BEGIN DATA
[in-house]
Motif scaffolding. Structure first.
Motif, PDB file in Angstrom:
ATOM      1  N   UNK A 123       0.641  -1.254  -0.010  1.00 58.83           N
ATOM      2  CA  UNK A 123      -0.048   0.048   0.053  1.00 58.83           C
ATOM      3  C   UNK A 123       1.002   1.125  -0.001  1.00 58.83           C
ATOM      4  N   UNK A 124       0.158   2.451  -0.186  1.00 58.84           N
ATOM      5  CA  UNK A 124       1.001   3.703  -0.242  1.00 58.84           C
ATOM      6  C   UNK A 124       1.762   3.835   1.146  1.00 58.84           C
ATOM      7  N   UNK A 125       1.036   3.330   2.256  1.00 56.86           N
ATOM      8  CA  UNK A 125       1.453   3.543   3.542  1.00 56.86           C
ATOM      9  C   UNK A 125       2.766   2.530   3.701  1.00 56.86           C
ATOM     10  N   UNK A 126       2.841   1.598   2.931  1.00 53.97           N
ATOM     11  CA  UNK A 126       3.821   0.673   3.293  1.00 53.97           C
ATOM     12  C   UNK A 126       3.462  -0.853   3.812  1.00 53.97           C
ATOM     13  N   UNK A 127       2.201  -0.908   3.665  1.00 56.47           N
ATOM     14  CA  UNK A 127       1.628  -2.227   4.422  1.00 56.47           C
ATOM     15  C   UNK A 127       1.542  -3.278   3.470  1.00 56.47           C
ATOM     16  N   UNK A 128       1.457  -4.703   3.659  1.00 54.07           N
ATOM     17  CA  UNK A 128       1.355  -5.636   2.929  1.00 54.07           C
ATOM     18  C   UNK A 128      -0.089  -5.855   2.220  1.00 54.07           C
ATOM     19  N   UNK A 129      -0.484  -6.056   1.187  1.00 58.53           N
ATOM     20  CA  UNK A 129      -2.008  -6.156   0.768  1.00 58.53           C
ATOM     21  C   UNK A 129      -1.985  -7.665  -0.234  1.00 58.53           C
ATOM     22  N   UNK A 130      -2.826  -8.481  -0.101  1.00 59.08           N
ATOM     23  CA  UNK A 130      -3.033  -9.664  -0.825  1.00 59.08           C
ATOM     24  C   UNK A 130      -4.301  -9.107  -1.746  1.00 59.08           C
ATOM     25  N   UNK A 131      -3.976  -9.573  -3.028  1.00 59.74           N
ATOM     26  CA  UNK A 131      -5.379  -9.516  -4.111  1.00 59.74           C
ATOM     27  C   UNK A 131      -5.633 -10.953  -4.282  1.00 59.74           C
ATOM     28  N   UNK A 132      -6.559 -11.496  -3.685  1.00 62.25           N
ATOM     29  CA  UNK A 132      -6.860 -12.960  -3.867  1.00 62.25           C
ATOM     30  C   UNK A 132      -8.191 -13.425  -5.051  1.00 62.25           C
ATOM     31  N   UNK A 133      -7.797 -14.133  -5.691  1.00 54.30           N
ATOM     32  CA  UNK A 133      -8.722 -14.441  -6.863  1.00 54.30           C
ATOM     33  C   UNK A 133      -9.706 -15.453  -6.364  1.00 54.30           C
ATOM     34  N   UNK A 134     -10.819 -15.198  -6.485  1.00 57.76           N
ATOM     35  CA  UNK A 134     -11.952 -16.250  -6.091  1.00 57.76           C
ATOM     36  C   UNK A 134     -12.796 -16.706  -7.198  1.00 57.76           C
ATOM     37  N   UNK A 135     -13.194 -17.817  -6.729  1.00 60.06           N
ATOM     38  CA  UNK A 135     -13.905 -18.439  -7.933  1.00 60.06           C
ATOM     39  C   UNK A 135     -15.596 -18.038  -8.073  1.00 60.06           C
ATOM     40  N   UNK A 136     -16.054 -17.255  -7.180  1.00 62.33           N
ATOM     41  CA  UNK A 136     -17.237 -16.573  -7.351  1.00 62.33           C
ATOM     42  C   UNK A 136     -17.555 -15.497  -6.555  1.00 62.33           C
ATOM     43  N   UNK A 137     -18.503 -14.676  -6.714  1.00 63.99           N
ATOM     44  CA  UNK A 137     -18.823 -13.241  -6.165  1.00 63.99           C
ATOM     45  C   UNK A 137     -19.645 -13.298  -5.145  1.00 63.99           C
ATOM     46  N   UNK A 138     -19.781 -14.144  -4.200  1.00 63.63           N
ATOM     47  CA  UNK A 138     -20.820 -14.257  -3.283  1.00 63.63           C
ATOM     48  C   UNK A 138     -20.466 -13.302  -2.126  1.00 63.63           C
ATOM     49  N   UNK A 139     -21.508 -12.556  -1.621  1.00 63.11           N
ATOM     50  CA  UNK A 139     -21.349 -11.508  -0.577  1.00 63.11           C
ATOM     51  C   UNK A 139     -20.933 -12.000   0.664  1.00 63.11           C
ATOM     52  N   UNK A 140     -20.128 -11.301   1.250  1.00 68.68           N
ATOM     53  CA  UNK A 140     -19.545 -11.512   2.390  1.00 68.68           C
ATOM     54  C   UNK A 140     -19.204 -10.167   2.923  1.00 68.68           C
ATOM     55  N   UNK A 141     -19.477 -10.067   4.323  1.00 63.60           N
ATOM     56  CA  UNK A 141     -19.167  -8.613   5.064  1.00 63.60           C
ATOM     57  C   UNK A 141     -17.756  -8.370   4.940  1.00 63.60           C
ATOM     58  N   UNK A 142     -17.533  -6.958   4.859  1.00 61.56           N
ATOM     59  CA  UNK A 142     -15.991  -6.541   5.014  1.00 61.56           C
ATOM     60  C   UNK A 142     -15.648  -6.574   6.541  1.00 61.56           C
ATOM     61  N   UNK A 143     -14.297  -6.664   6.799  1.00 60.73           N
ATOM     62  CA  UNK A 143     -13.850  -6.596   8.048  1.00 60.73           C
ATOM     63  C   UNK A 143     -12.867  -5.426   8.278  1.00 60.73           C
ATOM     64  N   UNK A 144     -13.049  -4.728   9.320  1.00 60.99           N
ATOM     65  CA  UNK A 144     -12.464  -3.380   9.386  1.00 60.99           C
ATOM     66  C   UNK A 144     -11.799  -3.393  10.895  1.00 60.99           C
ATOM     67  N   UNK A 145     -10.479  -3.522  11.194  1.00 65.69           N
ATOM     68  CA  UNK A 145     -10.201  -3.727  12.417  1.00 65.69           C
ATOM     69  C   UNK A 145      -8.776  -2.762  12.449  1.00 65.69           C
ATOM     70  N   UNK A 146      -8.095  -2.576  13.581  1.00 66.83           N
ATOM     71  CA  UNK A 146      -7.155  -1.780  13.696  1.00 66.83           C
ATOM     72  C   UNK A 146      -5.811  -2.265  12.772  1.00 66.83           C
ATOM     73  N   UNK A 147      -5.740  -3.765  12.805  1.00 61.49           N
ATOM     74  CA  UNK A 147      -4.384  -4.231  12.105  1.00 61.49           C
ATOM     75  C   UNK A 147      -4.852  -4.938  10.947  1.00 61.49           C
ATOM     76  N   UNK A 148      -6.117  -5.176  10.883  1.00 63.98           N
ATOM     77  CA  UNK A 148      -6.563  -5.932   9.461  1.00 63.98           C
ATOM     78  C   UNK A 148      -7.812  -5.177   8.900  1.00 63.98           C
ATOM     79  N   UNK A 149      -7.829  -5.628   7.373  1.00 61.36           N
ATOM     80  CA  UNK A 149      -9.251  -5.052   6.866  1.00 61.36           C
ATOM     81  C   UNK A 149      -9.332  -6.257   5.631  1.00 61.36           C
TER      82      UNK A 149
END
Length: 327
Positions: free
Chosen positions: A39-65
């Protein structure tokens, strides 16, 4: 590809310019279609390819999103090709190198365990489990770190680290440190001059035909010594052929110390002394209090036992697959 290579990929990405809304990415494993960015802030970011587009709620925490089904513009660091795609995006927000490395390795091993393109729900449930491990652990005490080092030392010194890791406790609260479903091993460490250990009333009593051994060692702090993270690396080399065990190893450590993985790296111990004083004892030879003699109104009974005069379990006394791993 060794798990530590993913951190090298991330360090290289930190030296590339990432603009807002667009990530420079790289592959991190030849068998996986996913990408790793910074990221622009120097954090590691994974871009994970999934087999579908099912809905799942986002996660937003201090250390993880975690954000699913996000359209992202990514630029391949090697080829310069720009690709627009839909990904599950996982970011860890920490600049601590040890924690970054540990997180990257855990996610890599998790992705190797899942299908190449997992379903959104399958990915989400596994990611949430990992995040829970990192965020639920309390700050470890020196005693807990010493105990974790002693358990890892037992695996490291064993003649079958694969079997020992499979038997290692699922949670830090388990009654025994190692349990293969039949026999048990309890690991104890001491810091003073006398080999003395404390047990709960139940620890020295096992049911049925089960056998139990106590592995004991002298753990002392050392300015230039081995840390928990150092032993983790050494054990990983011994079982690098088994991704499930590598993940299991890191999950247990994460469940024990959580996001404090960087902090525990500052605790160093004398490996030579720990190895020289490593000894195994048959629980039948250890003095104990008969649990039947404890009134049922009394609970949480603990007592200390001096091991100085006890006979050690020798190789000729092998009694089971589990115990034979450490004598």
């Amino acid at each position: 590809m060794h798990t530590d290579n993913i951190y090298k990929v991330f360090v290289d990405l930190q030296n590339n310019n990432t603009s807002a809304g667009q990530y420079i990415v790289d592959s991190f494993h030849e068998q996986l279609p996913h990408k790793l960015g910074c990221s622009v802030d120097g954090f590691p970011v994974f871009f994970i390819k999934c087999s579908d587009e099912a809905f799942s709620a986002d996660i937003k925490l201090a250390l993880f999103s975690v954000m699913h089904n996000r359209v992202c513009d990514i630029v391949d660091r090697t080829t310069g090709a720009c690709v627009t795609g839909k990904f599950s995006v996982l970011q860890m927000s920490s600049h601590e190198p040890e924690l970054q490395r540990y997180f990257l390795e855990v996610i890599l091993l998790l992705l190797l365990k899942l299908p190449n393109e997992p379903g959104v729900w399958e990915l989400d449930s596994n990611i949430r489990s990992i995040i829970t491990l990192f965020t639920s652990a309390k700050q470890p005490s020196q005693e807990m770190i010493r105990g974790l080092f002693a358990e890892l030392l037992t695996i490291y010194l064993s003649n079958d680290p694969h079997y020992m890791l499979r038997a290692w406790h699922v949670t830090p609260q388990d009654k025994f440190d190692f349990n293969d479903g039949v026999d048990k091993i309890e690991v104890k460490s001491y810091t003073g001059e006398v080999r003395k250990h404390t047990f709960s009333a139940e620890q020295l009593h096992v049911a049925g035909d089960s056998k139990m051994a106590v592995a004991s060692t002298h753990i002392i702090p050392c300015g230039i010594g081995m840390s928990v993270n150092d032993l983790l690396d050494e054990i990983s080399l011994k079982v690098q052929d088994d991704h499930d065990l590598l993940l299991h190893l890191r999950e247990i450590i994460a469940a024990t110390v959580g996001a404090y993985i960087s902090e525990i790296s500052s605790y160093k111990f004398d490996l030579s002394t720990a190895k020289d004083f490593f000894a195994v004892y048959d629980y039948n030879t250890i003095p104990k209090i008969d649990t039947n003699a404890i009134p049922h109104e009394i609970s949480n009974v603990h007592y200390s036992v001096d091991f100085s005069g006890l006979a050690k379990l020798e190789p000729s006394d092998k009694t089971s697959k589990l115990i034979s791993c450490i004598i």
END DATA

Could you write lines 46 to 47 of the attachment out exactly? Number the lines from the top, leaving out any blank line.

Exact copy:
ATOM     43  N   UNK A 137     -18.503 -14.676  -6.714  1.00 63.99           N
ATOM     44  CA  UNK A 137     -18.823 -13.241  -6.165  1.00 63.99           C